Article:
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February 2, 2009

[Business Day One] A Wizard’s Guide To Sports

Filed under: Business Day One,MMA — Tags: , , — Serpico @ 1:55 pm

Steelers-Cardinals was boring.  Sure, Big Ben Roflcopter led a blistering two minute drive down the field to score the go-ahead touchdown with under 60 seconds to play.  Sure, the Santonio Holmes catch was impossibly athletic, and could only be performed by about 50 people in the world.  But, well, Roflcopter always leads those drives and Holmes always makes those catches.  And the game ended just as Vegas predicted – a close Pittsburgh victory.

UFC 94 was boring.  The main event (St. Pierre vs. Penn 2) involved the Canadian ruthlessly pounding the confused and exhausted American for four rounds before the fight was called.

The sporting highlight of my weekend was neither of these things.  It was, instead, my first viewing of Wisest Wizard, the greatest nerd-related drinking game I’ve ever seen.  Here’s how it works:  Every time you finish a beer (or a diet A&W root beer, in my case), you duct tape a fresh beer to the top of it.  Eventually, you create a mighty wizard staff of beer cans and duct tape.  Every third or fourth can, you fight a “boss battle,” which involves taking a shot.  And that’s it.  That’s the game.

The peripherals of this hobby are splendid.  You can discuss which powers you gain as you increase in level (“I just learned the Stumble spell” or “Dude, you just discovered Summon Lo Mein Fart.”)  Walking around with an aluminum staff is ridiculous, as they are more durable than you think they’d be.  Wisest Wizard works at any sporting event that could use a little extra spice on it.  Like, say, a lackluster SuperBowl or Ultimate Fighting event.  Seriously.  As a nerd, you owe it to yourself to pick this up.

February 26, 2008

I Coulda Been A Contenda!

Filed under: MMA — Tags: , , , , , — Perich @ 10:00 am

There are two MMA movies coming out within a year.

Ken ShamrockThe first, Never Submit, is the story of a judo champion who enters an MMA tournament, haunted by the memory of his father’s death in a no-holds-barred match 10 years earlier. Ken Shamrock plays the dead father; I know getting defeated in an MMA match will be a stretch for him to play but I bet he’s got the chops.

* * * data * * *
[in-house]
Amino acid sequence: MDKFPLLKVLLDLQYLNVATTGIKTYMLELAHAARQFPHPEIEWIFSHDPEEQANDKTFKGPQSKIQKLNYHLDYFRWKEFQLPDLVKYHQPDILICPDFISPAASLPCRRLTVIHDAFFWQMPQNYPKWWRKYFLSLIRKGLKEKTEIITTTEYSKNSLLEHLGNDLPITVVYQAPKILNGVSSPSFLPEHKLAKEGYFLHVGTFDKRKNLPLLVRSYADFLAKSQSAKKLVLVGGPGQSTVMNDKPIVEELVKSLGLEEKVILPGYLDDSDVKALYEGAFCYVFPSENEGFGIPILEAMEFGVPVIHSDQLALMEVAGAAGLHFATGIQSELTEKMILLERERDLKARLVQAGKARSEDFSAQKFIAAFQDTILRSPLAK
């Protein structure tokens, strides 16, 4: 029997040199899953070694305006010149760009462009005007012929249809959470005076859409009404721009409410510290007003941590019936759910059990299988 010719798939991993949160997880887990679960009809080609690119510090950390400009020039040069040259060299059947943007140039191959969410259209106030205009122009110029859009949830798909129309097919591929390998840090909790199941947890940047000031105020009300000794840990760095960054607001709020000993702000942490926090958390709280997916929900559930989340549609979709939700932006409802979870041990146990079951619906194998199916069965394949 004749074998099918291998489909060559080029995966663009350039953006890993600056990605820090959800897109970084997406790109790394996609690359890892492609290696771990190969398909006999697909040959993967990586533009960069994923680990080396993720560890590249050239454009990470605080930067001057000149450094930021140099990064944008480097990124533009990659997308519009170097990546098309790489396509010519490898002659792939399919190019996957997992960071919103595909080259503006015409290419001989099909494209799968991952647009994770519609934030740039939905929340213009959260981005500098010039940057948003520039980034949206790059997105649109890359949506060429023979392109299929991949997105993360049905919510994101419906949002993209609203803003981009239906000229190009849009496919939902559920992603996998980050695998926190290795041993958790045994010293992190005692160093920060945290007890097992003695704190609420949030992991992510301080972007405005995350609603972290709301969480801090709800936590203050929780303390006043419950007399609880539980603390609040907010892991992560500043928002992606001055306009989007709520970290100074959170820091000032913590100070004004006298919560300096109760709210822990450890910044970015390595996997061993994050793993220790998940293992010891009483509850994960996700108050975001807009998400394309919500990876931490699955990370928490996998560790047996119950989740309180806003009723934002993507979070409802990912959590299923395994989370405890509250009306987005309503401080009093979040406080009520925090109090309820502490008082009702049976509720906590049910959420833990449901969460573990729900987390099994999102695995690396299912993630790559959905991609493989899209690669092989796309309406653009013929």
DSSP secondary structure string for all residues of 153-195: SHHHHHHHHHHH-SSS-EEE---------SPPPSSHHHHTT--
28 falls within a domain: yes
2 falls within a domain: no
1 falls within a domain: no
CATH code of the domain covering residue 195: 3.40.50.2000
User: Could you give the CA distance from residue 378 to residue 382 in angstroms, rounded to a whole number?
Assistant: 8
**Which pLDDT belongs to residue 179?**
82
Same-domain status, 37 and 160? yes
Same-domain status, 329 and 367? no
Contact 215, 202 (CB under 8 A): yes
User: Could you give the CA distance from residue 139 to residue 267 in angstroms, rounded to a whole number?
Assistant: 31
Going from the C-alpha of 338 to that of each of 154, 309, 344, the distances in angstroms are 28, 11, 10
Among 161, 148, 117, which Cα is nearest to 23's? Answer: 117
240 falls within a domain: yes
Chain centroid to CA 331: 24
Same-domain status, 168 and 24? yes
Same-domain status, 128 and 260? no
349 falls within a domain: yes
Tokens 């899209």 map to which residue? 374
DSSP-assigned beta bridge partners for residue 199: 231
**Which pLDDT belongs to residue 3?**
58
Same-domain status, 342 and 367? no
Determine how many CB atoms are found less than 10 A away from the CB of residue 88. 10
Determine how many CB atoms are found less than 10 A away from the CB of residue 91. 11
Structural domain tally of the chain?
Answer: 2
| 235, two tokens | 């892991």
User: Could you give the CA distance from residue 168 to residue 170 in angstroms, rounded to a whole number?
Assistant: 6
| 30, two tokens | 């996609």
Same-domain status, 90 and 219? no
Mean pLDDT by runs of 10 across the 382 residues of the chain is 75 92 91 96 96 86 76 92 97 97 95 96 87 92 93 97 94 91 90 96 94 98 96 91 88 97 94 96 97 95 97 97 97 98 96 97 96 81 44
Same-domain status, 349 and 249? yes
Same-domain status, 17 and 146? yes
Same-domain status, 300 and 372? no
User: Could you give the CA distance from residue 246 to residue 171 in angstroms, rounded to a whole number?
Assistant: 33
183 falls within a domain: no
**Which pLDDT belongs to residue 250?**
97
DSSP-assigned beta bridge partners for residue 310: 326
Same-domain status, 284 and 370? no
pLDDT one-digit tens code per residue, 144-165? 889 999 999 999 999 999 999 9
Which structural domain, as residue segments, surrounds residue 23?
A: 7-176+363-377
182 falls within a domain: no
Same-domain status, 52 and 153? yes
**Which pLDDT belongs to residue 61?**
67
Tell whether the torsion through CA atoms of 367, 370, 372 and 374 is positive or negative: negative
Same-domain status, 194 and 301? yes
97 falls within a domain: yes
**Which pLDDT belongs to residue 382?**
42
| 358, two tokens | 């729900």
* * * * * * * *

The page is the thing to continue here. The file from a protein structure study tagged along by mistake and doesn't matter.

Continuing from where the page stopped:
I wouldn’t count on seeing this movie any time soon, however, or in any sort of major release. Rumors about its production have been circulating for a year and a half now (note: the fighters named in that article are apparently no longer in the cast). Its official website is terrible. You start to recognize these things as symptoms of “production hell” – the pre-filming stages that mean a movie’s never coming to life.

“When,” you ask, “oh when will a serious director give mixed martial arts the treatment they deserve?”

Chiwetel Ejiofor in RedbeltApparently, May of this year. David Mamet (?!) is releasing his film Redbelt, starring Serenity‘s Chiwetel Ejiofor (?!?) as a martial arts instructor turned prize fighter. Additional cast include Mamet regulars Ricky Jay, Joe Mantegna, Rebecca Pidgeon, as well as that staple of fighting films, Tim Allen (?!?!). And it boasts big name fighters like Randy “The Natural” Couture in its cast.

As usual with a Mamet film, an outsider is drawn into a world of lies and intrigue, nothing is as it seems, etc etc. In this case, Ejiofor (as a martial arts teacher) crosses paths with a big celebrity (Allen). He becomes embroiled in the world of Hollywood, and then with the world of MMA prizefighting, through seedy pay-per-view promoters (Jay; Mantegna). Unlike most Mamet films, however, there are some kickass fight scenes.

Never Submit barely has a consistent cast. Redbelt already has a kickass trailer. I know which movie I’m in line to see.